What Are I-Bonds and Why You Should Buy Them in 2023

There has been quite of lot of discussion in previous months over Series I Bonds, or I-Bonds.

I-Bonds are U.S. Treasury issued savings bonds created in 1998 to give the average American a way to save that would be guaranteed to hold its buying power.

Let’s see how we can maintain the purchasing power of our hard earned assets using I-Bonds.

This entire article contains information publicly available on the TreasuryDirect website.

How are I-Bonds a hedge against inflation?

An increase in inflation is a decrease in the value of the dollar.

Inflation increases the price of goods and services, which effectively decreases the amount of goods and services we can buy with a dollar in the future.

I-Bonds protect us against inflation and deflation. I-Bond interest rates are guaranteed to follow the current inflation rate (as measured by the Consumer Price Index, or CPI), but it will never go below 0% (even if CPI is negative).

The value of our I-Bonds is guaranteed to increase. It will either grow with inflation or remain the same in the case of deflation.

What are the limitations of I-Bonds?

There are a few restrictions when handling I-Bonds:

  • I-Bonds can only be cashed out after year 1
  • I-Bonds cashed out before year 5 will lose the last 3 months of interest
  • We are limited to contributions of $10,000 per year plus up to $5,000 in paper I-Bonds if we elect to receive our tax-refund back as I-Bonds

A little trick for cashing out before 5 years: if we cash out our I-Bond during a time when the interest rates for previous 3 months of interest are 0%, we won’t lose any interest.

How are I-Bond interest rates calculated?

The actual interest rate, or composite rate, is dependent on two components: the fixed rate and variable rate, also known as the inflation rate.

Fixed rates. The fixed rate is fixed for the life of the bond, which has a maturity of 30 years. The fixed rate may change every 6 months. It will apply to any bonds bought in the next 6 months. While the fixed rate may change over time, it will not affect any bonds we currently own (only new bonds we purchase).

Variable rates. The variable rate, or inflation rate, will reset every 6 months based on the current inflation rate, as measured by the CPI. It will apply to any bonds we currently own as well as any new bonds we may purchase.

Given the following variables:

  • CR: composite rate
  • FR: fixed rate
  • VR: variable rate, or inflation rate

The composite rate can be calculated from the following formula:

When is interest accrued on I-Bonds?

Interest is earned monthly and compounded semi-annually.

Our account balance reflects what we have earned minus the 3 month penalty (until year 5).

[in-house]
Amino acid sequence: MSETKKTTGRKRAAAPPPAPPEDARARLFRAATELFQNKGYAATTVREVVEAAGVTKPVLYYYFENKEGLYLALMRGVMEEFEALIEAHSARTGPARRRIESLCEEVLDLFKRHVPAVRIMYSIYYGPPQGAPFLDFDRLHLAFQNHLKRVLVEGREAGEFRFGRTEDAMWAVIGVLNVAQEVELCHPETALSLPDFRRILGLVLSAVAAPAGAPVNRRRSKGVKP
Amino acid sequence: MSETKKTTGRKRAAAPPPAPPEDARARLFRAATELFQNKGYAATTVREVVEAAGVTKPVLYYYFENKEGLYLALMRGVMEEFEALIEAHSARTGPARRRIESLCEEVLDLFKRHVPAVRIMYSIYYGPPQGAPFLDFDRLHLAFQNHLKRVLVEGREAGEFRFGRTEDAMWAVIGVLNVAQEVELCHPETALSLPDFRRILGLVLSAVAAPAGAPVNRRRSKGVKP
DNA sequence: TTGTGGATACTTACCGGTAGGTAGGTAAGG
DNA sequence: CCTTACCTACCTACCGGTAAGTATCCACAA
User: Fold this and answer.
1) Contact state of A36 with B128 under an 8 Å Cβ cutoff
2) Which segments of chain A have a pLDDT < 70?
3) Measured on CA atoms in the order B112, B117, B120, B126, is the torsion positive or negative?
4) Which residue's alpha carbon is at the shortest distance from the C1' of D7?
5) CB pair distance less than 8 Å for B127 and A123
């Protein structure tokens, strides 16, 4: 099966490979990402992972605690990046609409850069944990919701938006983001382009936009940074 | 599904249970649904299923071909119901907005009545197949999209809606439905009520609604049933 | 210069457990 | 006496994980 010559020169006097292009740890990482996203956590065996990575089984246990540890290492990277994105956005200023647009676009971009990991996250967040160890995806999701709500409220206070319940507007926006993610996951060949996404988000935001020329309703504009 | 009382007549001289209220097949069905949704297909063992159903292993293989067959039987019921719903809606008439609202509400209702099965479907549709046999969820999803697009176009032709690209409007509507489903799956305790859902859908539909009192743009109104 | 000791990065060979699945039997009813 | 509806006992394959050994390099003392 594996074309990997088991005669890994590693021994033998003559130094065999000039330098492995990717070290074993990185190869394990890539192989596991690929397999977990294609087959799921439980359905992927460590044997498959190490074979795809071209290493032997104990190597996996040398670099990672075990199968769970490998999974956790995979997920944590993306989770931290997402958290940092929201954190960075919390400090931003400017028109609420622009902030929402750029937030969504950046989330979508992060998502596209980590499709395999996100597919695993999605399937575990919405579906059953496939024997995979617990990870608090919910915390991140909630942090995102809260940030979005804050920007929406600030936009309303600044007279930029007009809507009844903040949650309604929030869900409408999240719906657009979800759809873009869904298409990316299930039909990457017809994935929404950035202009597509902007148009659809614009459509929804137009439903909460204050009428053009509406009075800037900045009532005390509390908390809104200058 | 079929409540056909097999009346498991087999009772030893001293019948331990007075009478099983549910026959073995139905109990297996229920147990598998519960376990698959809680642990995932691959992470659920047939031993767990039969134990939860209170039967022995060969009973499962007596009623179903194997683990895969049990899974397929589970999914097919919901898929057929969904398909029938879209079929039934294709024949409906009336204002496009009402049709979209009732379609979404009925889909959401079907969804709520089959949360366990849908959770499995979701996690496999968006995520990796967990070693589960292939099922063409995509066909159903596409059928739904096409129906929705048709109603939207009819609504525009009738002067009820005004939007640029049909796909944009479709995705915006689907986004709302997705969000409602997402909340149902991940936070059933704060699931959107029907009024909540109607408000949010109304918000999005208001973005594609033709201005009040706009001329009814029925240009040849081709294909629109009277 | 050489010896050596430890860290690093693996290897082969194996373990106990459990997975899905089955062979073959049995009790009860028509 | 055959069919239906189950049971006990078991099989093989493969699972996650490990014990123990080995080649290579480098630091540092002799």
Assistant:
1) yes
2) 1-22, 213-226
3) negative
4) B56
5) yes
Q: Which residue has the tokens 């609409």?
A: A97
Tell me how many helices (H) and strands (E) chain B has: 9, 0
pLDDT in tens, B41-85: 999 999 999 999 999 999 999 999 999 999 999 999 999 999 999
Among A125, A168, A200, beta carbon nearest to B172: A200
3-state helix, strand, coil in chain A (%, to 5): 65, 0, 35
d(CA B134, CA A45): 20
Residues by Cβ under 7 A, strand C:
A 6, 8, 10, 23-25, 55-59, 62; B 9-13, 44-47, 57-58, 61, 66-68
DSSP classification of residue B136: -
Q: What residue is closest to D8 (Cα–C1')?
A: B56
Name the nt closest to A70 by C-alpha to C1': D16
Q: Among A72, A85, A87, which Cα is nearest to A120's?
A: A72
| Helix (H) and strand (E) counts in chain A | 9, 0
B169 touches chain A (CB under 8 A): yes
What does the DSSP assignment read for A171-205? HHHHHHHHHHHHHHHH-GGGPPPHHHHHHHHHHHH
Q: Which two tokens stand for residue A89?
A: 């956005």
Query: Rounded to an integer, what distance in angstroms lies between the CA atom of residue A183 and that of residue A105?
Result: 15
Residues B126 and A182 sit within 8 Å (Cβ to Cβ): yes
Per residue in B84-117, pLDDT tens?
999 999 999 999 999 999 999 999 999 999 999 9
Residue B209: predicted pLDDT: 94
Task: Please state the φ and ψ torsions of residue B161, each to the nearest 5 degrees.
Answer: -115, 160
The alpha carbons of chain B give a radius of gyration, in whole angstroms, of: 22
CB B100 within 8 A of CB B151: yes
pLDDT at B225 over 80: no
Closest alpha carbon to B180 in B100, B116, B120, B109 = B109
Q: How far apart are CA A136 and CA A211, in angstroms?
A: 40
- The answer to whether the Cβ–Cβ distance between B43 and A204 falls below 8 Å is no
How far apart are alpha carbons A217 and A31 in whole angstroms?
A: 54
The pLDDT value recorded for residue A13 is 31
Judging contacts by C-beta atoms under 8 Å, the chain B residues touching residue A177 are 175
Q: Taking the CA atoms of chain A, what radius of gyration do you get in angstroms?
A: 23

Additionally, interest is earned for the entire month we own the bond. As long as the purchase clears before the end of the month, I-Bonds bought on the 28th will earn interest as if bought on the 1st.

How are we taxed on I-Bonds?

Taxed when cashed. We will owe tax on all interest earned. However, we only owe them when the bonds are cashed in, meaning we are in control of when these taxes are paid.

Tax-exempt? All interest earned is local and state tax-exempt. Interest earned can be federally tax-free if used for qualifying educational purposes while under certain income limitations.

What are the benefits of being government-subsidized?

No risk for us. I-Bonds are guaranteed by the U.S. Treasury. The government is willing to pay us money and assume all of the risk. The only way for us to lose is if the government defaults on us. But at that point, we’ve got bigger problems at hand.

No tricks. Because I-Bonds are sold directly by the government, there are no expenses, commissions, or fees. No big institution profits when we buy individual government bonds.

Additionally, we don’t have to worry about banks changing interest rates.

Why buy I-Bonds now?

High interest rates. Because of the current inflation rates, I-Bonds are paying high variable rates.

The current fixed rate is 0%, and until May 2023, the variable rate is 6.89%, which means we are getting a 6.89% annualized return for 6 months.

A small reminder. However, this rate only applies to the first 6 months we own the bond. The composite rate could drop to 0% or continue increasing, which would be great for the bond but terrible for the U.S. economy and our own finances.

What should I use I-Bonds for?

Emergency funds. Many suggest to use I-Bonds for your emergency fund, but some argue that the withdrawal restrictions make it a poor choice for an emergency fund.

Some suggest to slowly contribute every year while having an actual emergency fund. Once you have the same amount in I-Bonds out of the one-year lock up period as you do in your emergency fund, you can use your original emergency fund for whatever you’d like and mentally switch your emergency fund over to your I-Bonds.

Future payments. I-Bonds can also be a good vehicle for investing in an unknown timeline, or something that we know is at least a year out. This could be a down payment for a home or car.

How do I buy I-Bonds?

You can buy I-Bonds through TreasuryDirect.

To be eligible, you must have a SSN and meet one of the criteria below:

  • U.S. Citizen (living in the U.S. or abroad)
  • U.S Resident
  • Civilian employee of the U.S., regardless of where you lived

If you have an EIN for a trust/corporation, you may purchase I-Bonds under those entities as well.

Is TreasuryDirect a scam?

Fortunately, it is not, which is quite surprising.

There’s an onscreen keyboard, and no one understands why.

Luckily, you can bypass the on-screen keyboard for the password.

  1. Right click on the password box and select Inspect
  2. Delete where it says readonly=true
  3. Type in your password

You can of course do the same with the email input.